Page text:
Did you know that Ireland has few motorways to get all the famous destinations? In all of my Ireland road trip planning, I overlooked the fact that even though there are roads that connect cities and attractions not all of them are fast. The speed limits were 100 km/hr (60 mph) outside of the towns and cities, but we found ourselves consistently going under the speed limit on the narrow, winding roads, while continuing to add minutes to our estimated time of arrival (ETA).
What I loved the most is the brown signs indicating tourism points of interest. At first, the signs started to only be sights and attractions but later would include B&Bs. The co-pilot really had to pay attention to make sure we were not missing any crucial must-sees.
Here are some highlights from the road trip:
Don’t worry if it is raining, there are tons of pubs to hop into while waiting out the weather.
The Custom House
Did you know Newgrange is older than the Egyptian Pyramids and Stonehenge?
Belfast has the largest dry dock in the world and is where the Titanic was build.
Belfast City Hall
Save money by parking and walking around the Visitor Center to the coast. Make sure to step onto the basalt columns with views of Scotland on a clear day.
Letterkenny is the most populous town in County Donegal and is known for its nightlife.
St. Eunan’s Cathedral
Glenveagh National Park
Take a tour of the Glenveagh Castle and its grounds for beautiful landscape views around Lough Beagh.
Grab some seafood and walk along the docks of this small, quaint town.
St. Mary’s Church
Look out for the Lough Eske Monster (or Eskie for short) last seen in 1998, which is rumored to be a publicity stunt.
Solis Lough Eske Castle
Plan a day hike on some of the highest sea cliffs Europe has to offer.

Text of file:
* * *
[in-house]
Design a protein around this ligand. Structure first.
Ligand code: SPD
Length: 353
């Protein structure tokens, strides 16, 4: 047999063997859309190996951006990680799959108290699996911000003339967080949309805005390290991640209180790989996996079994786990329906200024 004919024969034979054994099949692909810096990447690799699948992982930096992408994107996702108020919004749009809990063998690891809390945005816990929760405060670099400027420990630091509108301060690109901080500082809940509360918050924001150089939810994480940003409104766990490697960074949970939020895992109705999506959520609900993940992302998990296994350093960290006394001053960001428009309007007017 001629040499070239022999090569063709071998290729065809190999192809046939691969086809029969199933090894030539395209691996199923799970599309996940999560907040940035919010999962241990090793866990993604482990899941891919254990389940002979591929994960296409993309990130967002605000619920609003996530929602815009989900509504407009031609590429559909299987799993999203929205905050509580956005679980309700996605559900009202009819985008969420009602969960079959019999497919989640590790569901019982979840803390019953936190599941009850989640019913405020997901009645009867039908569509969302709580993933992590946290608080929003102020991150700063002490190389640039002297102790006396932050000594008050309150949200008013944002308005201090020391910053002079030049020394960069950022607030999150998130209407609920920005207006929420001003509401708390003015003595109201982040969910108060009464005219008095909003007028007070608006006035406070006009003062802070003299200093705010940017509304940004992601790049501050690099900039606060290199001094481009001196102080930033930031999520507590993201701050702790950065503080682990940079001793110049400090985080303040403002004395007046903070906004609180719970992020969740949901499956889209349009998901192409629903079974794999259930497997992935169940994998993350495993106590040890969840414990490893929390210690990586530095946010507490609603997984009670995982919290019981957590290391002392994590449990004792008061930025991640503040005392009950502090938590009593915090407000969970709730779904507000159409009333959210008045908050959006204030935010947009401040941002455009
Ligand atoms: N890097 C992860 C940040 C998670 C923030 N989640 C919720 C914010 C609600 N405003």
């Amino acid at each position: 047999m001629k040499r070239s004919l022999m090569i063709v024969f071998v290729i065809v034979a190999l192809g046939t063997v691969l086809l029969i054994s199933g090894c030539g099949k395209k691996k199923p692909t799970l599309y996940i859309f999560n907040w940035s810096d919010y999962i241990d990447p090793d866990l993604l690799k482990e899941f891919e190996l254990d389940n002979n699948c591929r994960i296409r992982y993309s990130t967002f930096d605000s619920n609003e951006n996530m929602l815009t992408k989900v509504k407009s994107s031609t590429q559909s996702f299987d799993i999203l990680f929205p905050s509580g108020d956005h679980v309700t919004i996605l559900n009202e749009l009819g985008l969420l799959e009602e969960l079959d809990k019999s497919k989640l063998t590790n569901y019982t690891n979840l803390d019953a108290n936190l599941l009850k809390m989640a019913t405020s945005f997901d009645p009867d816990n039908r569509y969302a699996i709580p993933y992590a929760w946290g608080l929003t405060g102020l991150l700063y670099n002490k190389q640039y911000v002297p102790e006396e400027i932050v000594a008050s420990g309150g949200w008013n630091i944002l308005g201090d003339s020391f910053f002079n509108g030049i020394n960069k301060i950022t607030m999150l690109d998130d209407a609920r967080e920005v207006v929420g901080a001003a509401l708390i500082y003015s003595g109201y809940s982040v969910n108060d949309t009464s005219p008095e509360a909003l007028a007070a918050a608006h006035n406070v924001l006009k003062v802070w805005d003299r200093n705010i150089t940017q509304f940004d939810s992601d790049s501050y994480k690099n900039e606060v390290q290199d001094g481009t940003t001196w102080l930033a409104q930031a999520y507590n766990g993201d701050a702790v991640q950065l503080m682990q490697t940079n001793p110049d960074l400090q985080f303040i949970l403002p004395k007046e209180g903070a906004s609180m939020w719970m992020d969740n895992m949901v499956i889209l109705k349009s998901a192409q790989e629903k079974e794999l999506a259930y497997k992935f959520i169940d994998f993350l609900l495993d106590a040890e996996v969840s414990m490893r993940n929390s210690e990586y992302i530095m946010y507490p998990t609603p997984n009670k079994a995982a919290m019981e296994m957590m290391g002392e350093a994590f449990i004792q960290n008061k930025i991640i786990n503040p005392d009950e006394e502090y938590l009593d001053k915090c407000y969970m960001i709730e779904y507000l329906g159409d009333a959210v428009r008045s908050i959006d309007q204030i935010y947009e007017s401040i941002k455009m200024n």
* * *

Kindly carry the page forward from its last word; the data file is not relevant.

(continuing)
Take a walk on a beach or climb Croagh Patrick.
Connemara National Park
Choose between three loop walks that all start at the Visitor Center.
I wish we could have spent more time in Galway with its pedestrian streets and vibrant flare.
Cliffs of Moher
Take in more views of the Ireland coast plunging into the Atlantic Ocean at this tourist destination stop. If you can avoid parking your car, admission is free.
Kilkenny has a mid-evil feel to it with its castle and art/craft culture. Stroll through the streets or relax on the bright green castle grounds while the locals play some Gaelic pickup games.
Walk along the River Liffey and jump between the north and south banks for tourist attractions, pubs, and entertainment.
Panoramic View from the Guinness Storehouse Gravity Bar
What is your favorite Ireland attraction?
More in this series:
- Planning for Ireland
- Accommodations for Ireland
- How to Save Money in Ireland
- Newgrange – A Prehistoric Site
- Walking through the Titanic Belfast
- Reasons to Stay at a Bed and Breakfast in Ireland
- Treated like a “President” at Solis Lough Eske Castle
- Giant’s Causeway and Cliffs of Moher
- Review of the Guinness Storehouse
- Meeting Irish Locals
- Glenveagh Castle
- Why I am Glad We Detoured to See Kilkenny
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